What is the quickest method for dialing great tones with a Lone Star?


Quickly Dialing In Your Own Lone Star™ Tone.

Want to quickly arrive at a great Tone on a Lone Star? You can certainly use the Sample Settings below or try the following technique for finding your tone quickly. Using this method, most players find they arrive at their sound quite quickly, as they make use of their ears rather than their eyes to dial in their tone. This process can be used at any power setting on a Lone Star.

Referencing a clock's face for the settings below... 

  1. Set Channel’s Gain Control for desired character of tone;

7:00 to 11:00 - provides the cleanest, least saturated sounds and in this region the sound will be brighter and contain more upper harmonics lending a three dimensional character to the sound.

11:15 to 2:00 - enhances the saturation & replaces some of the upper harmonics with a richer, warmer quality & a fuller bottom end response. It’s not yet fully saturated and perhaps the easiest range to get a great sound from on either channel.

2:15 to 5:00 - saturates the signal & enhances low and low mid frequencies. While this region provides the maximum saturation & therefore sustain, it also compresses & softens the attack characteristics. Use this higher region of the GAIN control sparingly & only when maximum sustain is needed.

For Channel 2, activate the Drive Switch if more gain is desired. In DRIVE, additional tube stages are added in front of the normal “rhythm” circuitry to produce a multi-stage high gain lead channel. 

  1. Set the Channel’s Master volume control – a setting between 9:00 & 2:00 is recommended for most applications. 
  1. Set the Lone Star’s Output volume control (if the Effects Loop is not Hard Bypassed - also keep in mind that the Effects Send Level control on the rear panel of the amp also acts as a volume control when the Loop is active, so be sure to have it turned up - the 12 o'clock position may be a good starting point for the Send Level control). 
  1. Turn all tone controls (Treble, Mid, Bass & Presence) to their lowest setting. 
  1. Play an open string on your guitar (the A string will do), grab the Treble control and turn up until you hear the desired amount of highs you would like in your tone. The Treble control is the dominant tone control in the Lone Star and the first tone control in the signal path. Its setting will determine the balance between it, your Mid & Bass controls. A high setting can also introduce extra gain into the mix. Note: Channel 2’s NORMAL/THICK/THICKER mini toggle switch selects what frequency the Treble control will enhance & therefore allow you to select between three different voicings for that channel.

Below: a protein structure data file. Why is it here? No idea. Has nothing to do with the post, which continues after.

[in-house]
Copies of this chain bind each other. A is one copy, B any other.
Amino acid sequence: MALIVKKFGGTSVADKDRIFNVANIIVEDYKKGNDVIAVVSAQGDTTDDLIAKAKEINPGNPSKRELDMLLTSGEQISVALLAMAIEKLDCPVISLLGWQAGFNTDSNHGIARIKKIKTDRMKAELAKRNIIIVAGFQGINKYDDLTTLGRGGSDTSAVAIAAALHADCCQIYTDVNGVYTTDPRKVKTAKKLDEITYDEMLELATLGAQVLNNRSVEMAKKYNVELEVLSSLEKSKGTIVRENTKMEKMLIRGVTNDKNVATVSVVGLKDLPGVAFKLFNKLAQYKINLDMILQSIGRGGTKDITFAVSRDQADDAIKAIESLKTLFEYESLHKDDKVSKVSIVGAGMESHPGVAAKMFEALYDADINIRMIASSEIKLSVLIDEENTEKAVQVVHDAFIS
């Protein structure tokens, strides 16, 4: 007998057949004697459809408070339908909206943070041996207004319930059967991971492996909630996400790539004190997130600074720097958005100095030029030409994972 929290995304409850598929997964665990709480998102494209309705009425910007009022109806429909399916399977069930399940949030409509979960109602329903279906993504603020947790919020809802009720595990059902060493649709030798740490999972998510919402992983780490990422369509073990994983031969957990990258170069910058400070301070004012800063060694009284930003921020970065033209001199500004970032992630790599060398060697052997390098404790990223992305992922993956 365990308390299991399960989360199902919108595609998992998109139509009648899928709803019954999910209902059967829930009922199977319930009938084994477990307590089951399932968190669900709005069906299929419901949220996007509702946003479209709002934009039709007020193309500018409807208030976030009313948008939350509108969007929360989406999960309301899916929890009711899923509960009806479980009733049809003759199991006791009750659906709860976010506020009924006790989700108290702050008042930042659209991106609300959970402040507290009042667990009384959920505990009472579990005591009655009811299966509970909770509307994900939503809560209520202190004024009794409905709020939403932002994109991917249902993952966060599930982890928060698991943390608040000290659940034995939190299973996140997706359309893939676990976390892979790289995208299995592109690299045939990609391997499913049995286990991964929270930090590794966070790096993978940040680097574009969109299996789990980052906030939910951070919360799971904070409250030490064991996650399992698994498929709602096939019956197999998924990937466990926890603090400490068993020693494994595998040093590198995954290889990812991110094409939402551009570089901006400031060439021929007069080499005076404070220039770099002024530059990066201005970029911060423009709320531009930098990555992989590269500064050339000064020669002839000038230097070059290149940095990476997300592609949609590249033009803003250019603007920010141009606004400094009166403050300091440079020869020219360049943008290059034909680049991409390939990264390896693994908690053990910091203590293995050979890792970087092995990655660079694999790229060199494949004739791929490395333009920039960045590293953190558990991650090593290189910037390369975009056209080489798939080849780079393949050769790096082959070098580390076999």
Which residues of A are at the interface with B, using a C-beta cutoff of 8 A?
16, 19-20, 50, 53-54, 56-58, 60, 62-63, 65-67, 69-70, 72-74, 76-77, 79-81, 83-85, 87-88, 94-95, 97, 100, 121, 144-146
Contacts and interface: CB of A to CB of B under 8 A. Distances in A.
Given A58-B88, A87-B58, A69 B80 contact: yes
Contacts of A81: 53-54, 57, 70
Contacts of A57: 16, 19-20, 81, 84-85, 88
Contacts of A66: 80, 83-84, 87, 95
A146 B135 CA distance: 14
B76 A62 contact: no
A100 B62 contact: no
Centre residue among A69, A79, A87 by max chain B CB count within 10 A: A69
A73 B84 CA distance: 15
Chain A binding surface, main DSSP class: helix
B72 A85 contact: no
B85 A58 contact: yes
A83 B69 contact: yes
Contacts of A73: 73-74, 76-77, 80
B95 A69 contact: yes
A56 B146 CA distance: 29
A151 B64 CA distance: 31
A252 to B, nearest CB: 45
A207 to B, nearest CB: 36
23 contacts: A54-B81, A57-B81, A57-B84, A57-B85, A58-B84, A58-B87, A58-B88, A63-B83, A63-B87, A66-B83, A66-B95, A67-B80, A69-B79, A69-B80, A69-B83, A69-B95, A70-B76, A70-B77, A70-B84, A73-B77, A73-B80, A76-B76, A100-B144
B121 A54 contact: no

NORMAL - In this position, the highest frequencies are passed through with the best balance between the three tone controls gain wise.

THICK – fattens the upper region and smears the line between Mid and Treble to achieve a more robust, throatier sound.

THICKER - lowers the Treble frequency even further & adds considerable gain in that region. 

  1. While continuing to play an open string, turn up your Mid control until the mid frequencies fill in to the desired level. Pay attention to how the feel of the amp softens at lower settings and stiffens at higher settings. Set above 2 o'clock, the control can also introduce gain to the mix. 
  1. While continuing to play an open string turn up your Bass control until the bass frequencies fill in to the desired level. You’ll find that for higher Gain settings this powerful control fills in quite quickly and lower settings will be preferred. 
  1. While continuing to play an open string turn up your Presence control until those frequencies above your TREBLE control fill in to the desired level. Lower Presence control settings darken and compress the signal - which works well to fatten single note solo sounds, giving them girth and focus. 
  1. Add Reverb to taste (controls on rear panel). 

Have a blast playing!

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